The pre-eminent threats to the Asian elephant today are habitat loss, degradation, and fragmentation, which are driven by an expanding human population, and lead in turn to increasing conflicts between humans and elephants when elephants eat or trample crops. Hundreds of people and elephants are killed annually as a result of such conflicts. Expanding human development disrupts their migration routes, depletes their food sources, and destroys their habitat.
The population of elephants in Kalimantan continues to dwindle as a result of damage to protected forests. As of April 2012, 20 to 80 elephants are estimated to range around 22 villages in the Sebuku subdistrict of Nunukan district in East Kalimantan.
Elephas maximus is listed on CITES Appendix I. The genetic distinctiveness of Borneo elephants makes them one of the highest priority populations for Asian elephant conservation.
In Malaysia, the Borneo elephants are protected under schedule II of the Wildlife Conservation Enactment. Any person found guilty of hunting elephants is liable on conviction to a fine of $RM 50,000 or five years imprisonment or both.
The Oregon Zoo in Portland has the only Borneo elephant in the United States, a 21-year-old female orphan by the name of Chendra, who was found alone, hungry, and injured in the wild after her herd was crop-raided in a palm oil plantation. There were plans to breed Chendra with the zoo’s Indian elephant Tusko.
It has not been resolved whether Borneo elephants are indigenous or have descended from captive elephants presented to the Sultan of Sulu in 1750 by the East India Company and later set free in northern Borneo.
In the 19th century, a zoological exploration established that wild elephants occurred naturally in a restricted region of northeastern Borneo. The status and taxonomic distinctiveness of the Borneo elephants has been controversial since then. In 1940, Frederick Nutter Chasen considered Bornean elephants as descendants of an introduced stock, and placed them in the subspecies Elephas maximus indicus. Reginald Innes Pocock having studied specimens in the British Museum of Natural History disagreed in 1943, and placed all Sundaic elephants in the subspecies Elephas maximus sumatrensis. In 1950, Paules Edward Pieris Deraniyagala described a subspecies Elephas maximus borneensis, taking as his type an illustration in the National Geographical Magazine.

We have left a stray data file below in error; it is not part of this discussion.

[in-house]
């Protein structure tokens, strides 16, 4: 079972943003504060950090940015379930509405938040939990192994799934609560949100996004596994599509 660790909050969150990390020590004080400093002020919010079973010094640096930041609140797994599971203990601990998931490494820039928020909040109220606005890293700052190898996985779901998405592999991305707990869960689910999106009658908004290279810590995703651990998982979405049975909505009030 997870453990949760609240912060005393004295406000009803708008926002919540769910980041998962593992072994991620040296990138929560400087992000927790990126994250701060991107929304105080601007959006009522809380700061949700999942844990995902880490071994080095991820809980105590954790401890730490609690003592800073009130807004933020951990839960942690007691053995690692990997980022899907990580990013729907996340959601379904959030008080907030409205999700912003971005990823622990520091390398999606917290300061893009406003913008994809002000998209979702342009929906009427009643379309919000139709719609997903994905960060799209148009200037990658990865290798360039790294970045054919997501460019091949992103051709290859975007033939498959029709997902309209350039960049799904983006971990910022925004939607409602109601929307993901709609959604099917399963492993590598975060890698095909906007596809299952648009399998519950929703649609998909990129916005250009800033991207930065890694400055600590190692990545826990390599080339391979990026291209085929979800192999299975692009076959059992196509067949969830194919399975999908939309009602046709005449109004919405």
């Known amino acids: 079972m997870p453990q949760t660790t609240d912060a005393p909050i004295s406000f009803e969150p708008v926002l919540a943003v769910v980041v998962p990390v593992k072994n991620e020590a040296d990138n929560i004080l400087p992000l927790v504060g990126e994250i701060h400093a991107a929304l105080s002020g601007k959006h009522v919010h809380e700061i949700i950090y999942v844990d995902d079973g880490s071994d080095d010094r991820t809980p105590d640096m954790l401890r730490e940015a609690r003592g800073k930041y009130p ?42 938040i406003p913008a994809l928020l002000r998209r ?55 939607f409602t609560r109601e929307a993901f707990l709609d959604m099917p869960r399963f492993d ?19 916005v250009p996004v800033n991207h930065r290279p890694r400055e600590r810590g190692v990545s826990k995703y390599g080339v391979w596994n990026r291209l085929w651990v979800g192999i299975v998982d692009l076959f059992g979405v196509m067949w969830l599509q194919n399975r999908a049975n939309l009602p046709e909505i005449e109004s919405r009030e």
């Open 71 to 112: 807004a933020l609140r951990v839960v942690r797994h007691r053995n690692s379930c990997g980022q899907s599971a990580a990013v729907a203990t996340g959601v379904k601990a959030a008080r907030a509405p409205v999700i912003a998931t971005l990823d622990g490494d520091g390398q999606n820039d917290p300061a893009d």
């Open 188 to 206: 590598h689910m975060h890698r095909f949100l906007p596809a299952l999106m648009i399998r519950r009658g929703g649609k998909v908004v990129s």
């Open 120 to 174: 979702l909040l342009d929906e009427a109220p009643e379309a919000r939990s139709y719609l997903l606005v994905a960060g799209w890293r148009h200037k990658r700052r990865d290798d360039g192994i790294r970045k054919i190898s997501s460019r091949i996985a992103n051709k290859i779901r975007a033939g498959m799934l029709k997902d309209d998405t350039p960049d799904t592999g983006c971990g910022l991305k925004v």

In 2003, the debate was re-opened by a suggestion that the introduced Sulu elephants and the north-east Borneo population might have descended from the now extinct Javan elephant, which was named Elephas maximus sondaicus by Deraniyagala. This hypothesis is based on missing archaeological evidence of long term elephant habitation in Borneo, a corroboration in folklore and that elephants have not colonized the entire island of Borneo.
In 2003, Mitochondrial DNA analysis and microsatellite data indicated that the extant population is derived from Sundaic stock but has undergone independent local evolution for some 300,000 years since a postulated Pleistocene colonization, and possibly became isolated from other Asian elephant populations when land bridges that linked Borneo with the other Sunda Islands and the Asian mainland disappeared after the Last Glacial Maximum 18,000 years ago.
A mahout is an elephant rider, trainer, or keeper. Usually, a mahout starts as a boy in the family profession when he is assigned an elephant early in its life. They remain bonded to each other throughout their lives.